Wednesday, July 10, 2013

The Real Work

This is the season of bruyere and sunshine that drips like honey over LaRhune, the mountain's deep scars covered by green fougere ferns. The hum of the honeybee and the gurgle of the stream replace the angry roar of the vent du sud. This is the easy season where birds feast on wild cherries, tadpoles grow legs and sing in the evening.  Even humans relax and smile; the old Basques wave as they pass my bergerie on tractors.

And yet I am disquiet.  Child of trauma, I am most alive in trauma: fires to be extinguished, floodwaters rising, the call to arms. One reason I came to the mountain was to learn to sit in quiet. I am still learning.

In the shade of my red oak, I try to develop chapter 8 of my new novel in a spiral notebook. The work is painful, written in my own blood.  It is slow going, the only enemies to battle my own memories.

Of course summer in southwestern France is not without some drama: swarming honey bees in the living room, a pottok trapped on her back by the tuya, some doctor from Bordeaux racing up the mountain in a four-by-four rescued by the pompiers. And even when life is calm, conflicts are possible for those with imagination.

I leave the notebook in the shade to attack the fougere. The tall eagle ferns cover the slope around my house, so thick and strong in summer that pottoks can hide in them. Each summer I beat the ferns back with a debrossailleuse to let the wildflowers grow.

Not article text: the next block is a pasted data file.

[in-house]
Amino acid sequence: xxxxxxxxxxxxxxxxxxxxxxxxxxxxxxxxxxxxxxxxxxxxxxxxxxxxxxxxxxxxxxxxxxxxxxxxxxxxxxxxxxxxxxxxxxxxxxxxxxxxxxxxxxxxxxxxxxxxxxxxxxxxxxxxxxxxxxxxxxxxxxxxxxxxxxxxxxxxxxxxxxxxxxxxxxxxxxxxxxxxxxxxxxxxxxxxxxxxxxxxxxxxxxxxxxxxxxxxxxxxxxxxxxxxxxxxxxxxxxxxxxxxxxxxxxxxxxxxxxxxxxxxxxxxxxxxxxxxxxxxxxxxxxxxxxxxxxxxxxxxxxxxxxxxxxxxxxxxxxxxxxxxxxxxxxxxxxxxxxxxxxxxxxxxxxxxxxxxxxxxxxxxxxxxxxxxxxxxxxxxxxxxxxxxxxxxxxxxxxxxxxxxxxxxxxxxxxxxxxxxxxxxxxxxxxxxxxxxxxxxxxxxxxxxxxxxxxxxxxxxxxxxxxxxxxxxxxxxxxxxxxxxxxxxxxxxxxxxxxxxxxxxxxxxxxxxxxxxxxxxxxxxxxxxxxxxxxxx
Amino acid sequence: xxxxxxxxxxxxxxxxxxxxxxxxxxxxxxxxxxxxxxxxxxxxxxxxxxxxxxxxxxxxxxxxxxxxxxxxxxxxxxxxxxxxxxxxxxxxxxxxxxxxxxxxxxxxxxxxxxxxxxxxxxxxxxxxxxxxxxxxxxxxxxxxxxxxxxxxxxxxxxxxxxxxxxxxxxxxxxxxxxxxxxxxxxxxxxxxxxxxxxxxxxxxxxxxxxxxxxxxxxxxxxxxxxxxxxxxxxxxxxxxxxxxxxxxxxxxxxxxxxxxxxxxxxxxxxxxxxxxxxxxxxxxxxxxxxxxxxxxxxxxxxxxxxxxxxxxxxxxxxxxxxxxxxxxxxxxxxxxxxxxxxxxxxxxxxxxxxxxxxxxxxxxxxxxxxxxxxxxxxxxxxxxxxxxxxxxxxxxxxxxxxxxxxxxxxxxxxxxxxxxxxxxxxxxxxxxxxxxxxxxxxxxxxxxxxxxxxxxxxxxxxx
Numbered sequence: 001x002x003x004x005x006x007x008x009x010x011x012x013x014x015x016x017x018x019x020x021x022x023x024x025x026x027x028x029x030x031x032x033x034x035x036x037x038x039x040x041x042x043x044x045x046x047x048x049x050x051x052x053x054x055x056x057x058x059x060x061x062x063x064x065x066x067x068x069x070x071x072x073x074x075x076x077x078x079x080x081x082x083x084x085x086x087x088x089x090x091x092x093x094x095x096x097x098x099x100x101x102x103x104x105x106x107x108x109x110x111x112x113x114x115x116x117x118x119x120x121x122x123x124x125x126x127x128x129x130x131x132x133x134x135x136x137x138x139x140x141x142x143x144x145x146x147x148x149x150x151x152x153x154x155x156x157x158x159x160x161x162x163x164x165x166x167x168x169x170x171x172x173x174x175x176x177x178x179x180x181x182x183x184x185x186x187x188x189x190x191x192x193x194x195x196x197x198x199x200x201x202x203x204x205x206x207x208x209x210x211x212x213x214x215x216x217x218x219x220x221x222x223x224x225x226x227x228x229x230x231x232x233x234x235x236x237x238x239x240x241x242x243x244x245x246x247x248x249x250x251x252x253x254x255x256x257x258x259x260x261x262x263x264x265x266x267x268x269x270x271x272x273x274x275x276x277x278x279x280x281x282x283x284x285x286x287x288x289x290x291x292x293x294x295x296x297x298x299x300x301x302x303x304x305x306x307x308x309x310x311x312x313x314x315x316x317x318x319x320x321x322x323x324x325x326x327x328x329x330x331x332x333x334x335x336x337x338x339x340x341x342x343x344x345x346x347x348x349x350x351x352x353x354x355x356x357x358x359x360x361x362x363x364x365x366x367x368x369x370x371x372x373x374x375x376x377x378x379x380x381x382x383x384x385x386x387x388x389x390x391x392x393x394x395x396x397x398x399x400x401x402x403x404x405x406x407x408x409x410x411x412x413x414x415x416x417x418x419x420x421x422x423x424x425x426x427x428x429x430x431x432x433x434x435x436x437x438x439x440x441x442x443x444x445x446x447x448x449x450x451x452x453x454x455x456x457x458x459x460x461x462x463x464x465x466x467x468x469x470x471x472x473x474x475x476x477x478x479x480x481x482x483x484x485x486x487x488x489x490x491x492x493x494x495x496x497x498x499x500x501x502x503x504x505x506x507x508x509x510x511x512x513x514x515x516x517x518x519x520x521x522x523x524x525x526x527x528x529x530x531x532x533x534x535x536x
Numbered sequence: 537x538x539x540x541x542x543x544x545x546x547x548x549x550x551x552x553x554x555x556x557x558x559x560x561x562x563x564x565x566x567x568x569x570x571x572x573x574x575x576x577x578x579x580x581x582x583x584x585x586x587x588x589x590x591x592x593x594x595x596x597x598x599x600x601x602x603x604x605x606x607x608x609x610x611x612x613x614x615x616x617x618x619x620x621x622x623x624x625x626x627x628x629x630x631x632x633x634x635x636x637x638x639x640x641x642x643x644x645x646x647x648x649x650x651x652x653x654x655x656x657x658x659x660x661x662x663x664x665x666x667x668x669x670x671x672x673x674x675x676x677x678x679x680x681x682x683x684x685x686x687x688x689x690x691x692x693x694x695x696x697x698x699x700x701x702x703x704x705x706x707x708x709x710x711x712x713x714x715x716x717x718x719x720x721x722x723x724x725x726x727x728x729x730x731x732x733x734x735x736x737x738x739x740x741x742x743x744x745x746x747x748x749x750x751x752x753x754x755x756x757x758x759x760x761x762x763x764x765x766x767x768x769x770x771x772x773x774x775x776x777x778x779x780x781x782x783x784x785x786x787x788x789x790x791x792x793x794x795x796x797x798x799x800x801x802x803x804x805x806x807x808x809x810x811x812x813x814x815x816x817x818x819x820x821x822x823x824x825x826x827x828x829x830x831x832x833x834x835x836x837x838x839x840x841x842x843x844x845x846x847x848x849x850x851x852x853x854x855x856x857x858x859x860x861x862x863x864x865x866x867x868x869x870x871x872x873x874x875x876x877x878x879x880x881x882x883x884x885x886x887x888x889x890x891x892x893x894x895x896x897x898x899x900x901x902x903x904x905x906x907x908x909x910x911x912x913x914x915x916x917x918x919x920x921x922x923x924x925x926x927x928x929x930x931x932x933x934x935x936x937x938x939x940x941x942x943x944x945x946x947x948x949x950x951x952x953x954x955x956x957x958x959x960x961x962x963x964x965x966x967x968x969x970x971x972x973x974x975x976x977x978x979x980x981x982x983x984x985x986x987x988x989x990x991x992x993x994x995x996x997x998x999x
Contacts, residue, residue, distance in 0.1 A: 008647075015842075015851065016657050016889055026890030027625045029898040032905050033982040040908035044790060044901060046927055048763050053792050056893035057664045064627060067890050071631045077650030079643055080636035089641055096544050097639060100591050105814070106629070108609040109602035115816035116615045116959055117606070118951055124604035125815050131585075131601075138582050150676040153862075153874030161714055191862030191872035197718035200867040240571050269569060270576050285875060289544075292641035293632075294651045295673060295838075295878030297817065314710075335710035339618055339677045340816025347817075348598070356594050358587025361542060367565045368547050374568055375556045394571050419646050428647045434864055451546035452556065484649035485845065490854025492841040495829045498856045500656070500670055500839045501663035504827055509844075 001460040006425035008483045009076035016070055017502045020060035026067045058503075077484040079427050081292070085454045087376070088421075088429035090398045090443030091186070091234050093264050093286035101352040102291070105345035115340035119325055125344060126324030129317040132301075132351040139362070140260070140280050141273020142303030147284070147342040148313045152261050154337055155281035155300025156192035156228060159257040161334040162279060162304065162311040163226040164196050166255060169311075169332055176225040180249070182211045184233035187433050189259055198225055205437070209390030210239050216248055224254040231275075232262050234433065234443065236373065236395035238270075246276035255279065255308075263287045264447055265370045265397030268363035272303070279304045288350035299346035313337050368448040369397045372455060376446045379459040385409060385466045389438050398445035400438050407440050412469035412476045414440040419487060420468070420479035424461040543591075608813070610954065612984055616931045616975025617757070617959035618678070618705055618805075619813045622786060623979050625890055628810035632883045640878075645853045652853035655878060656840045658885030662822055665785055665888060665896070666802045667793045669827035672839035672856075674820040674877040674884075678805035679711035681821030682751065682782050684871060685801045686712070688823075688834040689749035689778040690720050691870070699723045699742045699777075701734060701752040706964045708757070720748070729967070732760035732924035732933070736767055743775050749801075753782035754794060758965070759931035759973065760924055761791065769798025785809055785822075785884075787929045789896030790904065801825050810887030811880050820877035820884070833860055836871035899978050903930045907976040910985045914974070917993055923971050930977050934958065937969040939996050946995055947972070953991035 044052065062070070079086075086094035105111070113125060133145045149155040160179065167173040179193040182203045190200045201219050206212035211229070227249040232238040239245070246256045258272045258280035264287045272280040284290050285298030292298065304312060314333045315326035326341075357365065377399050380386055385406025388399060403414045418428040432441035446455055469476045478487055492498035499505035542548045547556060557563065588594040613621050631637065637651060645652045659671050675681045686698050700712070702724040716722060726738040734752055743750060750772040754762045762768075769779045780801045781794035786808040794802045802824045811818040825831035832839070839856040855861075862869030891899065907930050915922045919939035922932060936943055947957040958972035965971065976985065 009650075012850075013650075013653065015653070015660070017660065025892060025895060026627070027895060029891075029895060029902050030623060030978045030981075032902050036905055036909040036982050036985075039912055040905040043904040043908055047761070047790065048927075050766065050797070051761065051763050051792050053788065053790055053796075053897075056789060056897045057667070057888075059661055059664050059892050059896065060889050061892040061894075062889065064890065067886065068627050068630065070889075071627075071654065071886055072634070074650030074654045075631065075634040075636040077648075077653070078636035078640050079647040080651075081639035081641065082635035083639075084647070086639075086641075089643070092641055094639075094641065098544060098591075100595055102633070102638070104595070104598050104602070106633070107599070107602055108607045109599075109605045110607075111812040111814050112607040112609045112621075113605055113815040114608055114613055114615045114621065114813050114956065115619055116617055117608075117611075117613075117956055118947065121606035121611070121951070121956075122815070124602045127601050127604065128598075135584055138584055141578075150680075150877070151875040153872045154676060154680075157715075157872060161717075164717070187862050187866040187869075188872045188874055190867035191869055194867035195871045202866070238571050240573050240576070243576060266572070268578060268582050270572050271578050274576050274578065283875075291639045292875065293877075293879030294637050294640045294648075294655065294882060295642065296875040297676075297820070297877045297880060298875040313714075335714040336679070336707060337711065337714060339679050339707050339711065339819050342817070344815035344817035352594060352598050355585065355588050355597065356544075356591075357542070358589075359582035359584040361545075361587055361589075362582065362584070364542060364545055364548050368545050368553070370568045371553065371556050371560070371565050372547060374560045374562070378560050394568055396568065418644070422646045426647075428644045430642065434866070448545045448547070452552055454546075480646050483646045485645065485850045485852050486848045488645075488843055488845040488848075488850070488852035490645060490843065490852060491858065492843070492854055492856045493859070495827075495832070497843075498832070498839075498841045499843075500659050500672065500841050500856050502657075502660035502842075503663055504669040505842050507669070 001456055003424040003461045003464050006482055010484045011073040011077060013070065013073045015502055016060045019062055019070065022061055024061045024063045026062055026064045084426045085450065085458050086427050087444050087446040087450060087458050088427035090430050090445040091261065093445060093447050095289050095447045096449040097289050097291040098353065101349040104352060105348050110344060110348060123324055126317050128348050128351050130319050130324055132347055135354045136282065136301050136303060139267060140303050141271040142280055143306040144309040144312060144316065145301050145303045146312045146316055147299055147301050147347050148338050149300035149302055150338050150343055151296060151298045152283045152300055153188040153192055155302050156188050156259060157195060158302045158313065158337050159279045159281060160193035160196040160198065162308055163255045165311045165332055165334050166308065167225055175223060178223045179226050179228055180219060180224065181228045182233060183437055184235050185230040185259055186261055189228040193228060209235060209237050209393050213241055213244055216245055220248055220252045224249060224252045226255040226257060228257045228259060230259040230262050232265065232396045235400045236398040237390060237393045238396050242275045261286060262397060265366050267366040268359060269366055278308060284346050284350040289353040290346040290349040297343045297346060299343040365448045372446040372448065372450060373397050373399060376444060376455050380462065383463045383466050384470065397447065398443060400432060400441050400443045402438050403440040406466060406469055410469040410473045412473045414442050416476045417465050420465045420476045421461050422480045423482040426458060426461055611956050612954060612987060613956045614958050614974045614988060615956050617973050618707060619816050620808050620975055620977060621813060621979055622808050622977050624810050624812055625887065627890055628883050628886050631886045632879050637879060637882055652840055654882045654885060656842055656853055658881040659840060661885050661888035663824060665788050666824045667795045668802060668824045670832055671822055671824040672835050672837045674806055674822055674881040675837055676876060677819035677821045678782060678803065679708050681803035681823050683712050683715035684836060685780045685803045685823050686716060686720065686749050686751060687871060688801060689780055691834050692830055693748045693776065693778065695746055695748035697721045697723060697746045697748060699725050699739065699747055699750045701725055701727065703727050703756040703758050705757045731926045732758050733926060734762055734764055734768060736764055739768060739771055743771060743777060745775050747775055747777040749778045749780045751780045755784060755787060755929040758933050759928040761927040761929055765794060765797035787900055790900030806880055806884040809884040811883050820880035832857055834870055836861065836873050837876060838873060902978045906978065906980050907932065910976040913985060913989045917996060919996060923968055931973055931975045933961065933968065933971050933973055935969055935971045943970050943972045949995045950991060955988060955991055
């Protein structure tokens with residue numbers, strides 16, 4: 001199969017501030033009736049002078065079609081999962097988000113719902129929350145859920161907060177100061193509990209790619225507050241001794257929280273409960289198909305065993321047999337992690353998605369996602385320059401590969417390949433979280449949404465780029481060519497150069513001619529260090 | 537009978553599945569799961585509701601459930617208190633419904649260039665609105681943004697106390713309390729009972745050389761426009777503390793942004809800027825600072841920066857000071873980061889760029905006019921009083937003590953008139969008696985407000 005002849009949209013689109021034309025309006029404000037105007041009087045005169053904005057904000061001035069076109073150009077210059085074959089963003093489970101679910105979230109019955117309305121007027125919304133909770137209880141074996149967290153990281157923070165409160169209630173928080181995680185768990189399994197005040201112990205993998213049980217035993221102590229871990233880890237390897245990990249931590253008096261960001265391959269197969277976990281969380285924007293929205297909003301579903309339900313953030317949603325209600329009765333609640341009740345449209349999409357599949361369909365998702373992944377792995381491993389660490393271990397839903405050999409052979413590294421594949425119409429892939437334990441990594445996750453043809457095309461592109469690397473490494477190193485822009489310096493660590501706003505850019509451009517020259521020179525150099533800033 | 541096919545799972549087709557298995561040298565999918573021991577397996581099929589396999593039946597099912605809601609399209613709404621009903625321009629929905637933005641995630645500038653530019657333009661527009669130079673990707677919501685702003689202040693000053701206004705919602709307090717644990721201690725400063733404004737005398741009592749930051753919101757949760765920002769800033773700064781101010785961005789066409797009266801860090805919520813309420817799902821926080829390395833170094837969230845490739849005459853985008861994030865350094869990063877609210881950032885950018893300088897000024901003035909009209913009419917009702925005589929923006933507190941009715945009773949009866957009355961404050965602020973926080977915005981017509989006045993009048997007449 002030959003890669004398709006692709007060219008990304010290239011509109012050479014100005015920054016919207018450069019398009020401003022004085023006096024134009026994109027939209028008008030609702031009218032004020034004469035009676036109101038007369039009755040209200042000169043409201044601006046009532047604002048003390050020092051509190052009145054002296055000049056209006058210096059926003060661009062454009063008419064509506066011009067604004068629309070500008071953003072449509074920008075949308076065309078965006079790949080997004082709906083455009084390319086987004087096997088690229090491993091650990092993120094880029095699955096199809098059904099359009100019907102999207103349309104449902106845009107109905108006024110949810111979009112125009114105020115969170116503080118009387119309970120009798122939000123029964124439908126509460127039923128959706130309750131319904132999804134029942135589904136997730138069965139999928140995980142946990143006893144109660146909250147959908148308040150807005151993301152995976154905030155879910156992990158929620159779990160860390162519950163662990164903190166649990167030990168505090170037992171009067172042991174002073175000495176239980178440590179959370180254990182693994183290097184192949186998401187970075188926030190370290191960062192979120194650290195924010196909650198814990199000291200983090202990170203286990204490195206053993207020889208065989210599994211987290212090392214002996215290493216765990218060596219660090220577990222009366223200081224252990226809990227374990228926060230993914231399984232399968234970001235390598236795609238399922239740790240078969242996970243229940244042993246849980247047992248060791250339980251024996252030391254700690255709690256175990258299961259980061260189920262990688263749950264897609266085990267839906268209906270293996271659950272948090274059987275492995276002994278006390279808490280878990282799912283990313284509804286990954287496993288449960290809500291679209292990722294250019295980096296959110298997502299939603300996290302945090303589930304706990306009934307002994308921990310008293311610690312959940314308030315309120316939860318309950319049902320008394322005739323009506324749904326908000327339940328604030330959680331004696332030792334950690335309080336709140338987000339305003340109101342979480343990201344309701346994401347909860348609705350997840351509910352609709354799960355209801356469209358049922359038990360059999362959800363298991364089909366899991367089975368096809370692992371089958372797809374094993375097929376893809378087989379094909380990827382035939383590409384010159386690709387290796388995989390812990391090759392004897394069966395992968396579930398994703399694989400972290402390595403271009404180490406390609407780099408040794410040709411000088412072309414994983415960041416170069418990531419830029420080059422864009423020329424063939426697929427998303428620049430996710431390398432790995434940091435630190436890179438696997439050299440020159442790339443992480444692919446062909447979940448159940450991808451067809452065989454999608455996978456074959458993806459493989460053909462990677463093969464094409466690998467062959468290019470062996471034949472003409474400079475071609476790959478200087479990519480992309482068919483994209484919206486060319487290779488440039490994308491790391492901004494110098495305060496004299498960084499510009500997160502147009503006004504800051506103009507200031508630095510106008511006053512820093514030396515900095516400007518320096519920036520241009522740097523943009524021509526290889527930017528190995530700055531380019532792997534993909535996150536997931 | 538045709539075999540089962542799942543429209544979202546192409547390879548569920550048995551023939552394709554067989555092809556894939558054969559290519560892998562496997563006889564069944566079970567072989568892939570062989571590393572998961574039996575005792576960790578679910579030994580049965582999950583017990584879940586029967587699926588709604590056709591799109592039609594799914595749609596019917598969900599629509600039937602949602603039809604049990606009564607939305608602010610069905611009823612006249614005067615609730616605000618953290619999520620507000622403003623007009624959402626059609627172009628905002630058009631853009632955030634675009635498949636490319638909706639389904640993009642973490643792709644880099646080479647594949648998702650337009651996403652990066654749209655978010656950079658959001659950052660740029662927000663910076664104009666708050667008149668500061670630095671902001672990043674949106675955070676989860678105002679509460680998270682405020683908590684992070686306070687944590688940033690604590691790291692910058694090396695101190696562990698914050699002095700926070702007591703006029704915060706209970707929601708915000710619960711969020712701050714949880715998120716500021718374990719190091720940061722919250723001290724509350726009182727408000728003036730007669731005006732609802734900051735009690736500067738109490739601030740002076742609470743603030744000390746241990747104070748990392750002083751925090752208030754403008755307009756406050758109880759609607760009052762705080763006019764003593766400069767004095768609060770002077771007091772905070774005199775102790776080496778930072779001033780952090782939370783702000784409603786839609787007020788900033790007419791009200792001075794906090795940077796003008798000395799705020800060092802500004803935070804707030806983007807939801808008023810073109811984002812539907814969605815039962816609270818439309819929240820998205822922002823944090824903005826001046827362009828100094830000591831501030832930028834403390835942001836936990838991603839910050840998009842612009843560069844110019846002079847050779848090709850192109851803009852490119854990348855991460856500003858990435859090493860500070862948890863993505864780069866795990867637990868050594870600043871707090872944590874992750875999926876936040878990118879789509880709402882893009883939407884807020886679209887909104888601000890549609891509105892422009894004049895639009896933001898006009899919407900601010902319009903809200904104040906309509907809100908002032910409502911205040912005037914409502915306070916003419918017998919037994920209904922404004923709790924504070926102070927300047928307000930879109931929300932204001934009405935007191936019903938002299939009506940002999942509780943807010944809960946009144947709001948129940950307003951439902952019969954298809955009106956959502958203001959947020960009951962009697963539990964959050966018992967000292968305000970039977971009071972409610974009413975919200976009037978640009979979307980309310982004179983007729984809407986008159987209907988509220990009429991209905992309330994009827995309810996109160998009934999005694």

It is a fun diversion from the pain of writing. As I whack down fougere, I pretend I am battling enemies. They are nameless now; the long revenge list I brought with me to the mountain two decades ago has been leached out of me by LaRhune's patient tutorage. I leave them to karma now: the treacherous family of origin (a little more than kin but less than kind); the demanding lovers; the unscrupulous colleagues. Instead, my weed-whacker takes out less personal enemies: drivers who target hedgehogs on Basque Country backroads; the idiots who butchered a magnificent platane tree near town after a drunken buddy plowed into it on his motorcycle; the hiker who removed the little crutch I had fashioned for an unsteady tree to use as a staff. Walking away from these are part of an advanced course I have only just begun.

As if to remind me "be here now," fate sends me whacking near a wasp's nest and I end up rolling down the slope to escape their fury. As I walk back toward the house past my tadpole pond, I see a large dried bug halfway up a wooden post. A similar bug stands triumphantly on the first one's back like a conquering hero. I feel sad for the vanquished before I understand: it is no bug. It is the larva of a dragonfly that developed in the pond and, that July morning, crawled up the post to split open its own body and step out, moving on to complete its destiny. Did it hurt, I wonder, to rip itself apart, to step out of its past leaving an old self behind?  Always, comes the answer: it always hurts to grow.

My notebook still lies beneath the red oak.  I sit back down, pick up my pen and begin the real work.